Z-Depth Touch Table Proposal

Recent INVIVIA brainstorms and discussions have pointed to the desirability of adding Z-Depth to the Touch Table idea. The least obtrusive way to do this would be to illuminate the hand from below the screen and use stereo cameras situated there as well. I’ve made numerous tests of this approach using different screen materials and illuminator positions.

What I’ve learned is that the ideal screen material would be a great diffuser of the white projector light and yet be transparent to the IR light illuminating the hand and provide a clear view for the IR camera. I have not found such a material. What I find instead is that a terrific screen material is almost opaque to the IR source and IR camera, and a material that functions well for the IR camera is a terrible projector screen.

To illustrate the problem I used frosted mylar, the material that is the closest I could find to fulfilling both criteria: allowing the cameras to see through somewhat and still provide an adequate projector screen.

So here’s what the camera saw, with the hand touching, looking at the underside of the frosted mylar illuminated by a couple of rows of IR LEDs (MS Surface works something like this, I assume)

zdepthhandilluminationcameraviewlarge.jpg

When the hand is slowly pulled away from the mylar (here at 1inch increments) the diffusion of the image (very good for the projection) blurs the hand so that at 4inches away it is no longer recognizable, not by human eyes and certainly not by a video camera.

zdepthcameraviewhandilluminationseq.jpg

 

If all we needed was 2inches of hand travel we could probably make a frosted mylar screen work.

Looking back at the ZDepth stereo demo from last year is instructive. It shows that you need at least 8-10 inches of depth of movement in order not to severely constrain the user. (the cameras have the blue lights and are located above the screen)

zdepthdemoclosefarexamples.jpg

 

Here’s what the stereo cameras see:

pythonhandfollowerstereoviewnearfar.jpg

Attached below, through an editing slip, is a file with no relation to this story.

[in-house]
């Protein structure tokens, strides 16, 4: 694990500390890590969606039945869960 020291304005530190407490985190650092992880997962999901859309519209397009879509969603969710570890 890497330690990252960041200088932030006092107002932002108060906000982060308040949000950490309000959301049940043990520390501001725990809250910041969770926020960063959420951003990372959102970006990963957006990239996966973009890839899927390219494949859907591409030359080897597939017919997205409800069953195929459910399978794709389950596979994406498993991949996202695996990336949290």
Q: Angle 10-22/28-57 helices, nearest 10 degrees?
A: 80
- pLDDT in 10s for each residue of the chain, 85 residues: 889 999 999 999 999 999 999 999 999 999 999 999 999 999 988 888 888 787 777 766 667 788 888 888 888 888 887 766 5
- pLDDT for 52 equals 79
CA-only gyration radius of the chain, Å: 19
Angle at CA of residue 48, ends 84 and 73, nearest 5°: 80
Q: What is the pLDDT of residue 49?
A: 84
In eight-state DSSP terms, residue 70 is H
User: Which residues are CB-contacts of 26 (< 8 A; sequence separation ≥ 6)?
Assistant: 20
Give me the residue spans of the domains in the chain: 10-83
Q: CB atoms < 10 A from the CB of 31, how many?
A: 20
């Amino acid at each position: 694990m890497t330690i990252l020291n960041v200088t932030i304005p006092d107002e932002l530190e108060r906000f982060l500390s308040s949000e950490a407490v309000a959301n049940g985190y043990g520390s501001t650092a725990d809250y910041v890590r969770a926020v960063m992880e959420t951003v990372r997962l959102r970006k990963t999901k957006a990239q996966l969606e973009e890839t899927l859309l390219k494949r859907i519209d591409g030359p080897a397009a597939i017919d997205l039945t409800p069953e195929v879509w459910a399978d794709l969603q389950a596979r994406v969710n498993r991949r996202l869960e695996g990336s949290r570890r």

The Proposal:

 

Until we find the magical screen material which diffuses in white light and is transparent in IR, I propose that we adapt the approach I used successfully in the Hand Follower demo above to the Touch Table environment.

My idea is that we build (or at least think hard about building) a Z-Depth module that is simply a small wide angle USB video camera, a stacked and angled fan of IR LEDs, and a housing to protect them (and in this case hold the connector to get the signals into the table.)

zdepthtopflatfantogether.jpg

Here are other housing variations:

If we can’t find a suitable small USB camera, this housing is big enough to cover the existing Logitech version

zdepthsideflatfantogether.jpg

And, of course, there is the obligatory Egg variation:

zdeptheggfantogether.jpg

…and this final (not very well crafted) variation where the parts are partially hidden in the 1inch table depth and clunky plastic parts are traded away for lots more veneer…

zdepthtableinsetledfanscameratogether.jpg

….obviously, ideas for other variations (or changes to these variations) are welcome….

 

Solving the stray window light problem:

When you look again at the vertical ZDepth demo pictures you realize that they were made in a pretty controlled environment where stray light was easily controlled. The INVIVIA conference room is another matter entirely.

My living room has windows big enough to offer a similar experimental environment for testing. The problem that has to be dealt with is that at least one of the cameras on the table corner will likely be looking across the table to a well lit window. Blacking out the window entirely is not an option. What is needed is a way to modulate the IR light coming through the window without drastically changing the white light amount or color.

What I found was a family of heat absorbing commercial window films, intended to keep heat out during the summer and in during the winter that do the job pretty well.

windowfilmtestsmall.jpg

 

Here you see the video camera (blue light to the right of the screen) looking at my hand and the window, to the left of the screen is the IR Illuminator. In the video capture window on the screen the only things visible are my hand and the source, even though the bright window in the background is in view…

Apparently there are non reflective versions of this film that would decrease the surface crinkly effect on the film.. That version was not available in Home Depot…

 

 

 

 

 

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